Adam Zagoria covers basketball at all levels. He is the author of two books and an award-winning journalist whose articles have appeared in ESPN The Magazine, SLAM, Sheridan Hoops, Sports Illustrated, Basketball Times and in newspapers nationwide.
Steve Pikiell Says Rutgers Players Were in ‘Awful Shape’ When He Took Over for Eddie Jordan
PISCATAWAY, N.J. — New Rutgers coach Steve Pikiell said the basketball team was in “awful shape” physically when he took over for Eddie Jordan last spring.
And none of his players disagreed.
“We probably were one of the worst-conditioned teams he’s ever had,” Rutgers sophomore guard Corey Sanders said at Tuesday’s Media Day.
Jordan went 29-68 in three seasons at Rutgers, including a 7-25 campaign last season in which the Scarlet Knights finished 1-17 in the Big Ten. His alma mater fired him in March, and then hired Pikiell as his replacement out of Stony Brook.
Pikiell, in turn, brought in David VanDyke as his strength and conditioning coach after VanDyke had spent the previous 11 years at Stony Brook.
VanDyke’s reaction upon seeing the Rutgers players last spring after Jordan’s staff left?
“We got a lot of work to do,” he told me. “They didn’t have somebody with them for those last three weeks [after Jordan was fired] and it doesn’t take long for somebody to get out of shape so if you’re not out there internally motivated to go out and run and stay in shape, you can get in pretty terrible shape.”
Greg “Shoes” Vetrone, an assistant under Jordan and now the director of player development under Pikiell, said Jordan had more of an NBA approach to coaching and developing his players, an approach that obviously didn’t work at Rutgers.
Jordan’s strength coach was Rich Dalatri, whose bio says he spent 19 years with the Nets and two with the Cavaliers.
“I think it’s a lot different than the players he worked with in the NBA because when you work at the NBA level, those guys are developed, they’re men,” Vetrone said. “In fairness to Rich, that was the first time he ever worked in college so I really don’t think he understood the growth that these guys could still make.”
Vetrone added of Jordan: “I think strength coaches have their own program and when you’re not versed in it, you think that that strength coach is the best for you.”
Said junior guard Mike Williams: “We were training but it was too pro mentality. In the NBA people do that [train] on their own, you don’t have to teach them to do that. In college we would do it but we wasn’t getting really taught that much, this is more like a teaching aspect. Nothing against those guys, they were all great guys, coach Jordan, Coach [Mike] O’Koren, they were great guys, I love them to death. But I feel this change is something we really needed.”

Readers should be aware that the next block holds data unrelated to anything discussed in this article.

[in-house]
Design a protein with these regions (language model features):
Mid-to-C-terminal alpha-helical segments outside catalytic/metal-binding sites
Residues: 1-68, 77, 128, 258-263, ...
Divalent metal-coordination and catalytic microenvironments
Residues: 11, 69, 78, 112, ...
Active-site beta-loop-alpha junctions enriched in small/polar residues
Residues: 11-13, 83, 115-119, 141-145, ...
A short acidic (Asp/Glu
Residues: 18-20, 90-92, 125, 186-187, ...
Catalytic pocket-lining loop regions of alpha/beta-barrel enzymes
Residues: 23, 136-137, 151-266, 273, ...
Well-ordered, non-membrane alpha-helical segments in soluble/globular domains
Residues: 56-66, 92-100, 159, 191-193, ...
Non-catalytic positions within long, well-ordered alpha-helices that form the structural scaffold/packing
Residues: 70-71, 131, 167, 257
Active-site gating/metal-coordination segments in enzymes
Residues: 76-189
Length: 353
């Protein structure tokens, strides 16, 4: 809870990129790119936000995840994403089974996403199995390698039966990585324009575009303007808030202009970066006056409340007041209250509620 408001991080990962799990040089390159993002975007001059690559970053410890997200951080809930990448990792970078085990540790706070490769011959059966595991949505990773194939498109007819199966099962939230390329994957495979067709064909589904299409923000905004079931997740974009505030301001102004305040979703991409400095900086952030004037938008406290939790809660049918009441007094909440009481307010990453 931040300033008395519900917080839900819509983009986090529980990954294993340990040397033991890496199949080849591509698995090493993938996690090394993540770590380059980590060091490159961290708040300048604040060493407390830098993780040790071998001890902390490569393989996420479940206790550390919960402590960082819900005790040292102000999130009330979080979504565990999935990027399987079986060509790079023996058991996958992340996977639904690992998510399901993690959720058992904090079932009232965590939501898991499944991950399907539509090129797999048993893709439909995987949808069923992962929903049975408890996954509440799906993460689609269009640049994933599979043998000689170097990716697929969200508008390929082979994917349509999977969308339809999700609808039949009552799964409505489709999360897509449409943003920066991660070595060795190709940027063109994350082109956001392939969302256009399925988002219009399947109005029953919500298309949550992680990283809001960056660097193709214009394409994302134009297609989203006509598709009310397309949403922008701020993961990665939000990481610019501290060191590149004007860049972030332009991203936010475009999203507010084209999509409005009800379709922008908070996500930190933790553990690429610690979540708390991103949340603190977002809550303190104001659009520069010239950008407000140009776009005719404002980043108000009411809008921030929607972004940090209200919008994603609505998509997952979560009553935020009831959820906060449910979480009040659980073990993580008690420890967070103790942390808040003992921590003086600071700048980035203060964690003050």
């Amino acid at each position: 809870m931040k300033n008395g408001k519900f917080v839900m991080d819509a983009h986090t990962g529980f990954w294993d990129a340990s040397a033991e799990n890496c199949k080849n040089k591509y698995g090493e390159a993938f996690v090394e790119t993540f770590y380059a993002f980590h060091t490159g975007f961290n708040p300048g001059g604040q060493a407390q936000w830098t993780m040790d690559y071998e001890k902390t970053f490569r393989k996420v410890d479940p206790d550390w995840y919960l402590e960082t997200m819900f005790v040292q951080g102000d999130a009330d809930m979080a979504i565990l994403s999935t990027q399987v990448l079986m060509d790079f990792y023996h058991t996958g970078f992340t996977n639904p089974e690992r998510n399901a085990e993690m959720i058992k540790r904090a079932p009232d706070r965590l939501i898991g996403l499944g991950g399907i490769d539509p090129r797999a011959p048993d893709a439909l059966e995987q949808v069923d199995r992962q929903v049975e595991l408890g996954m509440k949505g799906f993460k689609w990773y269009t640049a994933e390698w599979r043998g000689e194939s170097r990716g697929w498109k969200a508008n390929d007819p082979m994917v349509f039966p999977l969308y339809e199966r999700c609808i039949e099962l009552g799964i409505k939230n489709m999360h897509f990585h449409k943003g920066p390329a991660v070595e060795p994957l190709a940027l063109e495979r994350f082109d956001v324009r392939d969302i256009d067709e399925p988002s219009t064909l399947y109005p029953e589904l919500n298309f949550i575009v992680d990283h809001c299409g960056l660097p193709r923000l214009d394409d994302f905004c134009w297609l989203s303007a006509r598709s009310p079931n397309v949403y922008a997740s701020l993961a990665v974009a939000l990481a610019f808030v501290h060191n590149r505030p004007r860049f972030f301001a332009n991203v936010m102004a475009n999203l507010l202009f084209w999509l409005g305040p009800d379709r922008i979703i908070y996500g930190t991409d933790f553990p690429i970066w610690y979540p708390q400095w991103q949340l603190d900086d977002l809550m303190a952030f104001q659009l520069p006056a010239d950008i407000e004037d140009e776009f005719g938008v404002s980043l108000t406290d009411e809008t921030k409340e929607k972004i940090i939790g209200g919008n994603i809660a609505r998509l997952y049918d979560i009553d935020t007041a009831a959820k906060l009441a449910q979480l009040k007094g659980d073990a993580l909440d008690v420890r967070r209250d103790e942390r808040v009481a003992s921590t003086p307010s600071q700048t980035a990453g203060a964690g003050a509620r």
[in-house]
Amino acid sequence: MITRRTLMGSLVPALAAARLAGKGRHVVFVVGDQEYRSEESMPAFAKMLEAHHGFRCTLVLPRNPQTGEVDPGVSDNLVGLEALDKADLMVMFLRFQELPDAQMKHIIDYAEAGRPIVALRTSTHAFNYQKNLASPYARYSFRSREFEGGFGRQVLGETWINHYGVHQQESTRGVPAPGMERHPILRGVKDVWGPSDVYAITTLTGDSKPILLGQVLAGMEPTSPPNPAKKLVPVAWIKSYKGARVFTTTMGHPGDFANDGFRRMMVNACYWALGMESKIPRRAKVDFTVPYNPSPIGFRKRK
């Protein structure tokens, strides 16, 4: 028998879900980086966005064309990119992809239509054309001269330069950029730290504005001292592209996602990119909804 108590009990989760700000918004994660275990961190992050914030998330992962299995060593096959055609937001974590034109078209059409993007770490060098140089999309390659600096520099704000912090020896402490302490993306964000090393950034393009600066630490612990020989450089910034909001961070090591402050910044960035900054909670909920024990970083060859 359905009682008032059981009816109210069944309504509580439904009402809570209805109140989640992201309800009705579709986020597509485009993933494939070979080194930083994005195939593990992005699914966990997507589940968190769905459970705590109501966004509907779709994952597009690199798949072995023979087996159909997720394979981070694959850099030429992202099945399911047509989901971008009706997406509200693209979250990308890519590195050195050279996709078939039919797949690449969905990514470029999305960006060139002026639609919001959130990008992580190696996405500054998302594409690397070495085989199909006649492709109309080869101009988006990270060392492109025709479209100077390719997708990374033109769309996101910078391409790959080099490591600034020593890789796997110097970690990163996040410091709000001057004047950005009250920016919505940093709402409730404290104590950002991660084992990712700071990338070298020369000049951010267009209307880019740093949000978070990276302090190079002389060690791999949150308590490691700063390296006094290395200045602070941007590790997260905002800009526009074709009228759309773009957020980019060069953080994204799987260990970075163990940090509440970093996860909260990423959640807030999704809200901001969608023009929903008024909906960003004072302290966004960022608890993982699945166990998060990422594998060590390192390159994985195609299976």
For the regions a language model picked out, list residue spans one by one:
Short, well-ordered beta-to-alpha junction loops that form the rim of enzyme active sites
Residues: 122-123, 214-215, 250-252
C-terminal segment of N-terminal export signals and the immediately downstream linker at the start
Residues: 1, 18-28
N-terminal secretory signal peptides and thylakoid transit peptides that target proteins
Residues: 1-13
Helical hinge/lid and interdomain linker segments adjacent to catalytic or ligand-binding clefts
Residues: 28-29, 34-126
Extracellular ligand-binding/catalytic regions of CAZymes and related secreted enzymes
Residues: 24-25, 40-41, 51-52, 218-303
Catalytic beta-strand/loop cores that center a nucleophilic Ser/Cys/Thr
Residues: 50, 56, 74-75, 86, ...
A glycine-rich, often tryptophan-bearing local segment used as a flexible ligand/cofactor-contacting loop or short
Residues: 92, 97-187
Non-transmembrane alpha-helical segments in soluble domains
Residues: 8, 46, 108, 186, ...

Vetrone said the players have turned 180 degrees under VanDyke.
“The conditioning is A-plus,” he said. “Candido Sa came in here, he gained 20 pounds in the summer. He was 200 , he’s 225 right now. He gained 25. Some of our players were here a whole year and didn’t gain 25.”
On the flip side, 7-footer Shaquille Doorson said he lost “about 50” pounds after missing last season with a foot injury. He’s now at 275.
“Everybody’s more leaner,” Williams said. “Look at Shaq, Shaq was the size of a cadillac last year and he slimmed down a lot and we owe that to our strength and conditioning coach, David VanDyke. We all owe that to him because he saw how we looked and he was like, ‘In order for us to play in the Big Ten you need to be in better shape physically.”
Said Doorson: “I was injured last year so I was on the knee scooter so that just got me gaining a lot of weight. Then this man right here [VanDyke], he saved me.”
“He’s back from his foot injury,” Pikiell said. “He’s athletic, he’s lost 52 pounds. You’ll see a bouncier Shaq.”
VanDyke credits the players with doing the work.
“The first thing that had to happen was I had to develop their trust in me that I had their best interest at heart,” he said. “That was job day one and then from there it was getting them to be consistent with the training, with their diet, with their lifestyles. If you give me enough time with a guy and they stay consistent when they’re away from me, they’re going to have great results like what you see with Shaq and Candido.”
Adam Zagoria is a Basketball Insider who covers basketball at all levels. A contributor to The New York Times and SportsNet New York (SNY), he is also the author of two books and is an award-winning journalist and filmmaker. His articles have appeared in ESPN The Magazine, SLAM, Sheridan Hoops, Basketball Times and in newspapers nationwide. He also won an Emmy award for his work on the SNY mini-documentary on Syracuse guard Tyus Battle.
A veteran Ultimate Frisbee player, he has competed in numerous National and World Championships and, perhaps more importantly, his teams won the Westchester Summer League (WSL) championships in 2011 and 2013.
He lives in Manhattan with his wife and children.